|INDONESIA AND IPs MOVEMENT|
Speech by Abdon Nababan
Secretary General of AMAN, Indonesia
At the Forest Day Event UNFCCC Meeting in Copenhagen, December 13th 2009
Indonesia is an archipelagic country with more than 17.000 islands, and 4 big islands, -making Indonesia one of biggest small-islands country in the world. With 1,072 different ethnic groups, including 11 ethnic groups with a population of over one million people, Indonesia is one of the world's most culturally diverse nations.
Estimated 40 to 70 million out of 230 millions Indonesian population are indigenous peoples (masyarakat adat) who live in their ancestral territory, exert sovereignty over their land and natural resources, govern their community by customary law and institutions which sustain the continuity of their livelihoods (KMAN 1999). Estimated 30 to 50 millions of indigenous population is forest dependent communities.
Small part of this population has joined the IPs movement through AMAN, Indigenous Peoples Alliance of the Archipelago, formed by our first congress in March 1999. We now have 1163 communities registered members, is about 8-10 millions population. I am Secretary General elected in our third congress in March 2007.
What are we fighting for and our challenges? Alas, we, indigenous peoples are still fighting the most basic struggle, the root and underlying causes of all our hardships and forest destruction:
1. Define forest! We have our definition of forest. It is a definition that lives and gives us meaning, and guides us through centuries of harmonious co-existence with the forests.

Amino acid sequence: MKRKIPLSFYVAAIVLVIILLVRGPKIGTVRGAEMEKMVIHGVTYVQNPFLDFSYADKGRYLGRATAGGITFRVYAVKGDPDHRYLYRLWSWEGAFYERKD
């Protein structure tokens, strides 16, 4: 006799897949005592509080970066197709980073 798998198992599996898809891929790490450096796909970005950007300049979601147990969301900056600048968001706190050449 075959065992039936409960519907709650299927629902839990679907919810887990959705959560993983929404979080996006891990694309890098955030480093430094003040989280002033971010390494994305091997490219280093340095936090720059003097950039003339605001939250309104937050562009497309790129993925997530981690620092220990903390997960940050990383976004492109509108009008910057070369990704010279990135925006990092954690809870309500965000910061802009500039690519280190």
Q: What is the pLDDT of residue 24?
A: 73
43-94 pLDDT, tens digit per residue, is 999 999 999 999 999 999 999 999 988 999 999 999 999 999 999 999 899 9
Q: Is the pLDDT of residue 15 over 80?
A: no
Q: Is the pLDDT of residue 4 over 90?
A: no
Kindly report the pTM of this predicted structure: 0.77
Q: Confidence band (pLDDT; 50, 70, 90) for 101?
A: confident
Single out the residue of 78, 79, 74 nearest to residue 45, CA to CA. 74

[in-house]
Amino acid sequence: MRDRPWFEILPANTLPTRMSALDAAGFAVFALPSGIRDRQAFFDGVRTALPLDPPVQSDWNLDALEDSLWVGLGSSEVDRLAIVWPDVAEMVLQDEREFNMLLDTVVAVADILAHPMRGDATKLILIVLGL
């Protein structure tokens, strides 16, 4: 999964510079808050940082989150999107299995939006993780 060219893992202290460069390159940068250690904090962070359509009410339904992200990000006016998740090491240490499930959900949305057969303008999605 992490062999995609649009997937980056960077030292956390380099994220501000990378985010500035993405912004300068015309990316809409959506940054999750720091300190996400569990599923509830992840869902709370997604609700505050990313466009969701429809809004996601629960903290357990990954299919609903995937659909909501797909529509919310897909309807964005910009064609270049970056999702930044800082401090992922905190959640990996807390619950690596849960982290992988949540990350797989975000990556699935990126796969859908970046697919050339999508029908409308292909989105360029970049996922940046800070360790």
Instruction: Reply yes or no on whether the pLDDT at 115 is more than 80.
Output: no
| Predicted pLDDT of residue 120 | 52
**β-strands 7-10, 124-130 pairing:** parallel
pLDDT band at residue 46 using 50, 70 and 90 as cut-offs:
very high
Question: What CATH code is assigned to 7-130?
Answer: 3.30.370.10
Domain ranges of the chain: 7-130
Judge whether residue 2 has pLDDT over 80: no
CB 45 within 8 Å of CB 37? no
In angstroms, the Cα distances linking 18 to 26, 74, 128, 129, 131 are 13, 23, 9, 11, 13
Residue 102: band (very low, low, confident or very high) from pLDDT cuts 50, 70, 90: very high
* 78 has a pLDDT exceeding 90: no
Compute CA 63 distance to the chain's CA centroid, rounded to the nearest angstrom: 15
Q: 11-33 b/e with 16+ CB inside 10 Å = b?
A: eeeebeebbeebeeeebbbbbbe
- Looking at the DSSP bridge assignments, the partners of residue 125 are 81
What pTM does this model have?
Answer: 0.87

So we are fighting when the Indonesian Government forced its own definition of forest for us to follow. This definition of the Law 41/1999 simply states that all our forests are owned by the state. We are fighting the FAO who defines that a minimum of 10% crown covers means a forest. It means anything green on the satellite imagery is a forest. Because this definition will be a time bomb for us. In a carbon trading regime, this will encourage perverse incentives for those coorporates who are currently controlling lands and concessions and accumulating land use permits, like those who are or pretend to be palm oil companies.
2. Self determination! Decide what to do with our lives and forests! This is a most basic human right that for so long now we have been denied. Just for a start, we are now fighting so that any project, mining-plantation-REDD, anything, should recognize and require our consent, freely given and prior to start of the project.
This is not yet happening. Today, 5 million hectares of indigenous peoples' forest in papua is handed over to industrial timber plantation and palm oil plantation without our consent.
3. Be transparent, stop corruption! This is our fight specifically in terms of forest governance. There will be no hope for a better future of our lives and forests when these enabling conditions for clean and good governance are not present. Now, you all must have heard of this tale from my country about the small anti-corruption 'lizard' that is in a life or death struggle with the big corrupt 'crocodile'. When the lizard prevails, we will have a chance to politically and legally process our tenure issues, organize our people better, and more importantly agree on comprehensive and holistic ways to move forward towards climate change.
Finally, because of these fundamental natures of the fight of our movement, fighting the most basic problems and causes of injustice and destruction, we cannot just sit and wait until after all you international conference goers to confer and conclude, deliberate, agree, and sign something. We have to wake people in our country up, those who are dreaming of an ATM of fast cash REDD.